R.O.I. Real State – Commercial Newsletter- June 2022
Posted on June 1, 2022
In the May issue of The Real State, we discussed the overall potential impact of interest rates on commercial real estate, including increased building and borrowing costs, heightened competition to deploy capital, and cap rates. The caveat is that inflation also affects investor returns, which requires keeping an eye on which asset classes may offer the best safehaven opportunities—regardless of what the Federal Reserve does with rates. As we close out the first half of 2022, here’s an overview of the current performance and outlook in the Greater Phoenix market:
Multifamily has been overbuilt for a considerable time, but it has not been impacted as much as anticipated. Sales volumes and prices have remained strong, and many smart multifamily owners are selling and achieving excellent returns even after owning less than a year. We are starting to see some cracks, however, with more properties hitting the market this year and an even larger influx of deliveries in the first half of 2022. (Just under 38,000 units are under construction, and over 26,000 are in some stage of planning.) The multifamily market has benefited from higher interest rates keeping people in the rental pool. While many ex-California homebuyers have ample cash, that’s not necessarily the case for everyone moving into Arizona. Multifamily developers are counting on that in-migration to absorb the extra units.
Office reported vacancies are lower than anticipated, at about 20%, but a walk through many office buildings with professional and financial service tenants might yield a physical occupation rate significantly lower/higher physical vacancy. Business owners are still bound by their leases—even if they’re not sure what to do with the space. Last year, employers/tenants kicked the can down the road with 1-year extensions, and landlords accommodated them in lieu of an outright termination. This year, at lease renewal time, many will be seeking to shrink their footprint— especially with the possibility of recession. That is likely to lead to the repurposing of office spaces, and we’re already seeing a trend towards smaller office spaces, in better locations with more highly amenitized buildings, a.k.a., the “flight to quality.” Building owners are retrofitting to get their tenants to renew, while employers will do whatever it takes to get employees back to the office.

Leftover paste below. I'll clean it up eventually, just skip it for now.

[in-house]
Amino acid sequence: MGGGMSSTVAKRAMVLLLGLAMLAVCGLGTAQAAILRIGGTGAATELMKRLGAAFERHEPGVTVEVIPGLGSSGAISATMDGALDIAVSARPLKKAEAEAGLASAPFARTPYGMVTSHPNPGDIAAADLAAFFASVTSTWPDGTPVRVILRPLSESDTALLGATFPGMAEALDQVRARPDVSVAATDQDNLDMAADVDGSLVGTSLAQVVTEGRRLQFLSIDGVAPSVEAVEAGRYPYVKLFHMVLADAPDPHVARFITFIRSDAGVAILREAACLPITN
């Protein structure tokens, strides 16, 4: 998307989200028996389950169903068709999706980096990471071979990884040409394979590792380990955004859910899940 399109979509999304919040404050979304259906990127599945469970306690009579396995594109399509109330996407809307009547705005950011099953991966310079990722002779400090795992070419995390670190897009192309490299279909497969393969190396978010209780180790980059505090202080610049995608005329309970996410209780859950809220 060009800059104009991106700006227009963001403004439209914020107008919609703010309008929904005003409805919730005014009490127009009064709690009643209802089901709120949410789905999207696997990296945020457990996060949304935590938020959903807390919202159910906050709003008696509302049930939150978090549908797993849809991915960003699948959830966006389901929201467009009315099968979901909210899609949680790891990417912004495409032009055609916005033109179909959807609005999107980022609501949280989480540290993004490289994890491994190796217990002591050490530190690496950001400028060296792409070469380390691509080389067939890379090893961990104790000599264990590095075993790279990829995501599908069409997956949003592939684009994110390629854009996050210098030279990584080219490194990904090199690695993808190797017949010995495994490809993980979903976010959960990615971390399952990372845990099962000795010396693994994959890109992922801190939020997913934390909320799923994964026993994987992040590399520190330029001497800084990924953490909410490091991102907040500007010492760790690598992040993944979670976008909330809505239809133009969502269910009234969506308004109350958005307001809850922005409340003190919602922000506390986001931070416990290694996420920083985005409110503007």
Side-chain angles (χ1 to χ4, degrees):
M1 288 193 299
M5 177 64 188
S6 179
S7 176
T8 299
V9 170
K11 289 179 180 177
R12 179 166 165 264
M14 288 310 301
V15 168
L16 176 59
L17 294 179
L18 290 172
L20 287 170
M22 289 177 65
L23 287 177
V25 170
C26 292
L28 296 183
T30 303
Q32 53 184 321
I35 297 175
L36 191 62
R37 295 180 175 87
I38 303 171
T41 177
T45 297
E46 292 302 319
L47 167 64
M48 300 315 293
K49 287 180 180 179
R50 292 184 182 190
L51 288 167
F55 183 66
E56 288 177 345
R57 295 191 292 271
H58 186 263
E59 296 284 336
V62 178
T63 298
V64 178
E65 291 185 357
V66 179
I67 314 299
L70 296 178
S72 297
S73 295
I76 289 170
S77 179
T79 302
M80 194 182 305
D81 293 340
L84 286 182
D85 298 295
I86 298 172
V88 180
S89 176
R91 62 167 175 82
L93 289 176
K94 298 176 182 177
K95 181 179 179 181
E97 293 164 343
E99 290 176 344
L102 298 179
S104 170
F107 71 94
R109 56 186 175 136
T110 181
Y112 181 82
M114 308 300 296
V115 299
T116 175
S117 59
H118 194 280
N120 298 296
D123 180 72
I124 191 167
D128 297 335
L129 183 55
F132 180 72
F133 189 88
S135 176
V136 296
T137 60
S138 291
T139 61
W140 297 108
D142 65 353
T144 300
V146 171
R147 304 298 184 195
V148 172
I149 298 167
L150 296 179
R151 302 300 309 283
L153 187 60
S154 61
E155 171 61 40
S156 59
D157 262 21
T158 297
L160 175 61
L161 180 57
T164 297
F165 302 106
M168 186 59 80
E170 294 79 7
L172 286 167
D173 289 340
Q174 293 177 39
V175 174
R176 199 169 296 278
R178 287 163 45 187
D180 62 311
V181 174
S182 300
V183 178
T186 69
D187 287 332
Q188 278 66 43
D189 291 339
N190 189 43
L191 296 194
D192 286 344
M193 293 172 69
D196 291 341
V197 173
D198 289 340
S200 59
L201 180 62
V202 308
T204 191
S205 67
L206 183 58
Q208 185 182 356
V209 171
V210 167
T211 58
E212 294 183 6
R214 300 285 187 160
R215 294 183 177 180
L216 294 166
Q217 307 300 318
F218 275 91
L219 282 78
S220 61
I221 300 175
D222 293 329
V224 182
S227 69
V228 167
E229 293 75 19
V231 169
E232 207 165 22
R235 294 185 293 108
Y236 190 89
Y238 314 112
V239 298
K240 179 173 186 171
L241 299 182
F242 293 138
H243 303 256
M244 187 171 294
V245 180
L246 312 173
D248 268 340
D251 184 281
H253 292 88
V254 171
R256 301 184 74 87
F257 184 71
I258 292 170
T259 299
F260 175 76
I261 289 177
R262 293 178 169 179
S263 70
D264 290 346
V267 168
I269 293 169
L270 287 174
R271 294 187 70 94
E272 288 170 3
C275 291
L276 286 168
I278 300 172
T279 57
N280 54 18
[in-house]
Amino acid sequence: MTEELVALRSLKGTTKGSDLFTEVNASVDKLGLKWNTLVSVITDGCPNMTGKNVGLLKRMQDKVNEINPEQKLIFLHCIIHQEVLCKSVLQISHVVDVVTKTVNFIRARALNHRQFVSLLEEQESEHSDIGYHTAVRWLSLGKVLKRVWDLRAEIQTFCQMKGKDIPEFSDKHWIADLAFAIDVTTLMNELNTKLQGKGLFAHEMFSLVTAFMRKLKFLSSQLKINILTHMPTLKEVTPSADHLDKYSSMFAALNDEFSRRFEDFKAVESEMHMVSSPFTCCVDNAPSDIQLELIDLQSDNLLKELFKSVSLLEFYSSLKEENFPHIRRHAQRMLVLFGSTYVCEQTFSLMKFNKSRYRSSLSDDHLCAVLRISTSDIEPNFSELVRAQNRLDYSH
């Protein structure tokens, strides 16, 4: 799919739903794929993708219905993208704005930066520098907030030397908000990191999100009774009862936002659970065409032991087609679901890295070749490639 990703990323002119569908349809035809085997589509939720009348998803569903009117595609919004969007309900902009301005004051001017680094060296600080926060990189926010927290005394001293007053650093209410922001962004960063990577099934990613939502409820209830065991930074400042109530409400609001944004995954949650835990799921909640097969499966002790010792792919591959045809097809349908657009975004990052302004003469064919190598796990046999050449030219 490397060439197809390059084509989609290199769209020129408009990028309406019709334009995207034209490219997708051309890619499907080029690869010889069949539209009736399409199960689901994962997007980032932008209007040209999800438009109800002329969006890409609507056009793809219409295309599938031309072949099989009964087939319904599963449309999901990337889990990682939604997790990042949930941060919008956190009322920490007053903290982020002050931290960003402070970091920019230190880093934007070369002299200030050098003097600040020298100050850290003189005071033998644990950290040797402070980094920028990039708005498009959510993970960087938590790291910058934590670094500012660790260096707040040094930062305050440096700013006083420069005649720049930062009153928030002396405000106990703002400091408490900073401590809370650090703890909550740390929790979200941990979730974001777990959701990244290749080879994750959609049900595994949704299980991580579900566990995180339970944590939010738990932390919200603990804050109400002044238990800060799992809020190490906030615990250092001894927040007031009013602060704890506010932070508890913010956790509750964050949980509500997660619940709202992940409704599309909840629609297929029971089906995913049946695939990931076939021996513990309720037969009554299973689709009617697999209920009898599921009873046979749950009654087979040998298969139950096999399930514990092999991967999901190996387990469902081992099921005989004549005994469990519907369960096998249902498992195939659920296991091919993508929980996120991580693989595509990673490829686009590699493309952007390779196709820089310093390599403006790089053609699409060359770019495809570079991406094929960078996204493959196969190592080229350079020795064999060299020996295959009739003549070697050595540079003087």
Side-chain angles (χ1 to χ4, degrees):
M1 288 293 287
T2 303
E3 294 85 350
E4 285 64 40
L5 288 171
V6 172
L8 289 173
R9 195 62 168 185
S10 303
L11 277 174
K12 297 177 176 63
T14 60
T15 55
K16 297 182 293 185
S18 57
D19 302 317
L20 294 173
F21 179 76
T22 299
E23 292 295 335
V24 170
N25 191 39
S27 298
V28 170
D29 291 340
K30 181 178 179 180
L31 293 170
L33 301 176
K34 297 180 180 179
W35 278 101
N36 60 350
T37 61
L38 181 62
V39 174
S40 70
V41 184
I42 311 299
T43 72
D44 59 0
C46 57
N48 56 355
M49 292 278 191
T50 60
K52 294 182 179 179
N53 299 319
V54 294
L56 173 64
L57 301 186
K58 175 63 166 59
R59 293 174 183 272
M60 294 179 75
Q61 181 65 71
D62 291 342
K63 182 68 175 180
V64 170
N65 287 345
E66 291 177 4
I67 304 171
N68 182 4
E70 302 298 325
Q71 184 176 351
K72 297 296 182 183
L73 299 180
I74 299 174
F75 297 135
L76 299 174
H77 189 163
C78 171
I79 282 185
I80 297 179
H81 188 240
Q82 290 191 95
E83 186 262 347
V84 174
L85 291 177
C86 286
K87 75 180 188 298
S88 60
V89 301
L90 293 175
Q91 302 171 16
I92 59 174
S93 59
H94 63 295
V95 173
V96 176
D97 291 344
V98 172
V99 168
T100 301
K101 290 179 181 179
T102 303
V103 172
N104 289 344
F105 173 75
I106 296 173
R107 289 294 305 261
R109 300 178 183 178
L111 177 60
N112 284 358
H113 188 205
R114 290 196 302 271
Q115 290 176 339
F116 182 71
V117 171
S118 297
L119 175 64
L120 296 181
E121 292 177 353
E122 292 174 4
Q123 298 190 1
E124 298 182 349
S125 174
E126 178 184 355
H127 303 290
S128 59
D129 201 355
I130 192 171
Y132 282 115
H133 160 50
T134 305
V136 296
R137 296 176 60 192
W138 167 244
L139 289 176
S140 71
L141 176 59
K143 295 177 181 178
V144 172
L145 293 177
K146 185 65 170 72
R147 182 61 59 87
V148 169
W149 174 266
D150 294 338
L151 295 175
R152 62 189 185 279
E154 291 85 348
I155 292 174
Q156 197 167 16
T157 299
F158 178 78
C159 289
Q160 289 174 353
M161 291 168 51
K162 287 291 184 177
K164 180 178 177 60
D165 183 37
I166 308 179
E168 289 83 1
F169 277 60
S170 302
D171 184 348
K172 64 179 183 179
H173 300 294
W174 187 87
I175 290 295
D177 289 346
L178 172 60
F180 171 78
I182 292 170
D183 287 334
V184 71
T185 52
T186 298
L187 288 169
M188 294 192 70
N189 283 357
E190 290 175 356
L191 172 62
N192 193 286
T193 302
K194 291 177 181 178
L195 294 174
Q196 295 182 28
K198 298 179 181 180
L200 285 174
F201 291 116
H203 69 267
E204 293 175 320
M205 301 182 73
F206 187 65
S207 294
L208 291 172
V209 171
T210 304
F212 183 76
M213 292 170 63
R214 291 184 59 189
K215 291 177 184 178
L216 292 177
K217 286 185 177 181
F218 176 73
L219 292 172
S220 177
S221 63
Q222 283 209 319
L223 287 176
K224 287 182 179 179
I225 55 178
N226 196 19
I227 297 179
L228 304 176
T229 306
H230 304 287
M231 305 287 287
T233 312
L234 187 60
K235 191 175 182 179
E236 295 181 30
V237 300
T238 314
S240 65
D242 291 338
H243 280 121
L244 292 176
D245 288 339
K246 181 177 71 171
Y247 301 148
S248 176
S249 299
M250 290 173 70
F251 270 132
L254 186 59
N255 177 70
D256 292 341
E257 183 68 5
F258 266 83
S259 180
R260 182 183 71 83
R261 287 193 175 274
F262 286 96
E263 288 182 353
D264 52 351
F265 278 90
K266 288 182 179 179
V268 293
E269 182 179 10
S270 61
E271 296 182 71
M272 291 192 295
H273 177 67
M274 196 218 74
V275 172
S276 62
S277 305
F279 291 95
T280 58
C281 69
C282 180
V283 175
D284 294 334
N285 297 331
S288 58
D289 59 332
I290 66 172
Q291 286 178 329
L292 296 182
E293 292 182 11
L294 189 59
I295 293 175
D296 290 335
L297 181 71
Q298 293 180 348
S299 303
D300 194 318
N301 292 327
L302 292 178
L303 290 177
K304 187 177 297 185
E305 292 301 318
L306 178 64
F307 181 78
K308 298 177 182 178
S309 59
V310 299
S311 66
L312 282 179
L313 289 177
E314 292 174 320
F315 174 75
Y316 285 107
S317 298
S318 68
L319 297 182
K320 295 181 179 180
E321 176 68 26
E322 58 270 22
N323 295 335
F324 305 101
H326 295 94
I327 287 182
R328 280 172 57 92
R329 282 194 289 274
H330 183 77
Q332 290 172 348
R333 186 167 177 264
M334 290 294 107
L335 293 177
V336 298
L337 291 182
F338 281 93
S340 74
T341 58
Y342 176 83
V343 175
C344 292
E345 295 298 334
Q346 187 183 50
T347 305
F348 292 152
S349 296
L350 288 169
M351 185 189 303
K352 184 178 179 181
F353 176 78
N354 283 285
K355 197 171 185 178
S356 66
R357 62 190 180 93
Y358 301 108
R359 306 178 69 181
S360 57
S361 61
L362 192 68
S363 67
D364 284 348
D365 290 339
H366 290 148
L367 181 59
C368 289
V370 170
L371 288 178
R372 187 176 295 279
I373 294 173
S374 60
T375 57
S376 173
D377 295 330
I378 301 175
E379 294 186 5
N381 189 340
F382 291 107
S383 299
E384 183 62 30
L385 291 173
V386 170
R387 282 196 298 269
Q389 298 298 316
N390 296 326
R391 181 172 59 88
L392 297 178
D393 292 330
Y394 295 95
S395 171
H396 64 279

Industrial has eclipsed multifamily as the favored investor asset. While demand continues to be strong, plus major initiatives for Arizona as a logistics hub, there is a considerable amount of new space being built. About 36.5 million SF is under construction, representing about 9.2% of total inventory, and a significant amount is speculative. While the market has had no trouble as yet absorbing industrial property, it will be interesting to see how the influx plays out.
Retail was among the most troubled asset classes during the pandemic, so it’s good to see a bit of a revival. In particular, investor interest has increased in neighborhood retail/multitenant retail centers. Pricing has increased and cap rates have remained low, which creates a lot of good opportunity. It’s important to note the major shift on what’s successful: tenants providing services versus products—so-called internet-resistant tenants.